I am so lucky to have this piece written about me by Robin Rice in her Spotlight on the ChangeMakers feature. Her web site is www.bewhoyouare.com and she has lots of information about her work. You can subscribe to her Be Who You Are e-zine. Her interview with me follows:
Robin: You’ve been really creative in getting your music to the people who really need it. Tell me about how that came about and how you are currently meeting the need.
Cathy: Even back when I was playing in bars and restaurants, I felt a sense of responsibility; I noticed that music could really make a difference in how people felt. But I never expected to end up playing in a hospital setting. I’ve always been the kind of person who faints when they prick your finger to draw your blood!
When I heard about the Arts in Medicine program here at Shands Hospital at the University of Florida, I thought it was great and kept telling other people about it. Meanwhile the artists in the program kept saying, “YOU come play and be one of us.”
Finally I did, starting with putting together an evening concert series for children on the pediatric oncology unit. Then I wrote a proposal to get a grand piano in the lobby and started bringing in piano players. Now we have piano music every day, several concerts a week in settings that include chemo/infusion centers and dialysis units, and I train volunteers and students who shadow me when I do music at the bedside. I play at both Shands hospitals in Gainesville, travel to hospitals and hospices around the country, and also play for people with Alzheimer’s and dementia as part of a program I’m involved in called Arts & Aging.
Robin: I can only imagine how appreciative the patients are for this. But I also wonder…how has it affected the organizations themselves? How does it affect, say, the doctors, or administrators?
Cathy: Well, interestingly, our program was actually started by a doctor (John Graham-Pole) who’s also a poet, and a nurse (Mary Rockwood Lane) who’s also an artist. So, we did have some good champions right away.
Initially, though, we kind of came in under the radar with just a couple of local artists working on specific projects. Now that we’ve been doing this for fifteen years, we are an actual department with an office, a phone line, a program coordinator, etc. We get referrals from doctors and social workers; cheers and requests from the nurses when we enter a unit; and maintenance, security and nursing staff who often join us in singing and dancing! You can find out more at UF Health/Shands Arts in Medicine.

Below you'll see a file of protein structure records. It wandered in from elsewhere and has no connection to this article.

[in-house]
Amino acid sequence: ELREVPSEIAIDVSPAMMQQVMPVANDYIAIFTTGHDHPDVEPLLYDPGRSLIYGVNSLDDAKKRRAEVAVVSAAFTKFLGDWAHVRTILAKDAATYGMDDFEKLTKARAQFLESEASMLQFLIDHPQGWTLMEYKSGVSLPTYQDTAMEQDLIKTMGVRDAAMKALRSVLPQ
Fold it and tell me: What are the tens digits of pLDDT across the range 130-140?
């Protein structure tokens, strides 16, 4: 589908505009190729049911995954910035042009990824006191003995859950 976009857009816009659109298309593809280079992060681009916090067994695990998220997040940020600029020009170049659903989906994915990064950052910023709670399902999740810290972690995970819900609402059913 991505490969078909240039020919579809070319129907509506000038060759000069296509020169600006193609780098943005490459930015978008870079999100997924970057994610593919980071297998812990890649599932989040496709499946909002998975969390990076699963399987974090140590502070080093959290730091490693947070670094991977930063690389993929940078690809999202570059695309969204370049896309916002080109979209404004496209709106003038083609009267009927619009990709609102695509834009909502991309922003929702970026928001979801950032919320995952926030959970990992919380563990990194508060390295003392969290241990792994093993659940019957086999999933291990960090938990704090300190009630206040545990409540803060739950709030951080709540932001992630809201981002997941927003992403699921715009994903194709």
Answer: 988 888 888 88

Robin: What would you say to others wanting to take their art form and create a place for it? What obstacles have you had to overcome, and where did you find strength?
Cathy: I think that initially you decide what your priorities are. What do you do that brings you the most joy, and also brings joy to others? At first it seems like it’s a choice between having the freedom to do what you care about, or making money at a real job. I always felt like freedom was more important to me than money–even though, of course, they are often closely related. But it seems like the more you get in touch with really focusing on what you’re meant to do, what your talents and gifts are and how best to share them, it becomes more like that old adage, “Do what you love and the money will follow.”
It’s kind of a Unity thing; I play at Unity churches and do a lot of New Thought music, and the Unity philosophy of positive affirmation and stepping forward in faith has certainly helped me pursue my path. Their attitude of gratitude is another aspect of Unity that I have found to be very powerful. It’s that the more we remember to be grateful for what we already have, the more good seems to come our way. I find it extraordinarily powerful just to say, chant or sing my gratitude every day.
Robin: Does making your living while “doing your art” ever get tricky?
Cathy: You have to deal with the business aspects of it without losing your passion for it. That’s a delicate balance. Something someone said that really helped me recently was this:
“Remember, EVERY encounter is an opportunity to touch someone or change their life in a meaningful way.” So I try to bring that into my art and keep that in mind whenever I’m singing or playing, whatever the situation.